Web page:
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technologies – renewables, energy savings, fuel cells

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Study focused on afterlife of electric vehicle batteries

Once they've finished powering electric vehicles for hundreds of thousands of miles, it may not be the end of the road for automotive batteries, which researchers believe can provide continued benefits for consumers, automakers and the environment.

Posted: Apr 16th, 2013

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Surprising findings on hydrogen production in green algae

New research results from Uppsala University instil hope of efficient hydrogen production with green algae being possible in the future, despite the prevailing scepticism based on previous research. The study, which is published today in the esteemed journal PNAS, changes the view on the ability of green algae - which is good news.

Posted: Apr 16th, 2013

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The future of our energy

When it comes to sustainable energy supplies hydroelectric plants are usually the best solution, according to researchers who have reviewed the economic, social and environmental impact of fuel provision.

Posted: Apr 15th, 2013

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Cutting specific pollutants would slow sea level rise

With coastal areas bracing for rising sea levels, new research indicates that cutting emissions of certain pollutants can greatly slow down sea level rise this century. The research team found that reductions in four pollutants that cycle comparatively quickly through the atmosphere could temporarily forestall the rate of sea level rise by roughly 25 to 50 percent.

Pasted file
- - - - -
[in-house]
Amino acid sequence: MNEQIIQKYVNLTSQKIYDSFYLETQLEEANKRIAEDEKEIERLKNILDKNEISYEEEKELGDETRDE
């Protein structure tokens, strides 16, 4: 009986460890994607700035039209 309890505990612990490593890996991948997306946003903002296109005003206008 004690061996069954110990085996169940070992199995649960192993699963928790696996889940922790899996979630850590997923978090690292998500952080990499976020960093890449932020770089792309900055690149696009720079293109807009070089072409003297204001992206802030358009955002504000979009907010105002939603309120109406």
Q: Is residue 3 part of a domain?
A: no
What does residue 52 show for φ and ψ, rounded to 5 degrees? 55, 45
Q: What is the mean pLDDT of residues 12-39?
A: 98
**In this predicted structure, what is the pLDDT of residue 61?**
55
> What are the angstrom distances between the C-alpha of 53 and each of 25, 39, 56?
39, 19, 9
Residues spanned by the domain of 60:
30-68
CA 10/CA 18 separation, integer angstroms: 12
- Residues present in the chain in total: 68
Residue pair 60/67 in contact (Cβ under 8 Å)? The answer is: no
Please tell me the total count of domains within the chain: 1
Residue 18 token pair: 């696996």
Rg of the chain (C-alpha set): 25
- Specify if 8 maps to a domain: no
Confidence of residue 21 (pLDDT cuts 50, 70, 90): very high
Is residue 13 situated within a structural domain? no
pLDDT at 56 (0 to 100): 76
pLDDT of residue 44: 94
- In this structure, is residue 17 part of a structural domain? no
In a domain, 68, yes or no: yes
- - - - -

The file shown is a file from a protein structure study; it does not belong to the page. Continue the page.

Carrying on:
Posted: Apr 14th, 2013

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Better batteries from waste sulfur

A new chemical process can transform waste sulfur into a lightweight plastic that may improve batteries for electric cars, reports a University of Arizona-led team. The new plastic has other potential uses, including optical uses.

Posted: Apr 14th, 2013

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New technique measures evaporation globally

Researchers at Columbia Engineering and Boston University have developed the first method to map evaporation globally using weather stations, which will help scientists evaluate water resource management, assess recent trends of evaporation throughout the globe, and validate surface hydrologic models in various conditions.

Posted: Apr 12th, 2013

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CO2 removal can lower costs of climate protection

Directly removing CO2 from the air has the potential to alter the costs of climate change mitigation. It could allow prolonging greenhouse-gas emissions from sectors like transport that are difficult, thus expensive, to turn away from using fossil fuels. And it may help to constrain the financial burden on future generations, a study now published by the Potsdam Institute for Climate Impact Research shows.

Posted: Apr 12th, 2013

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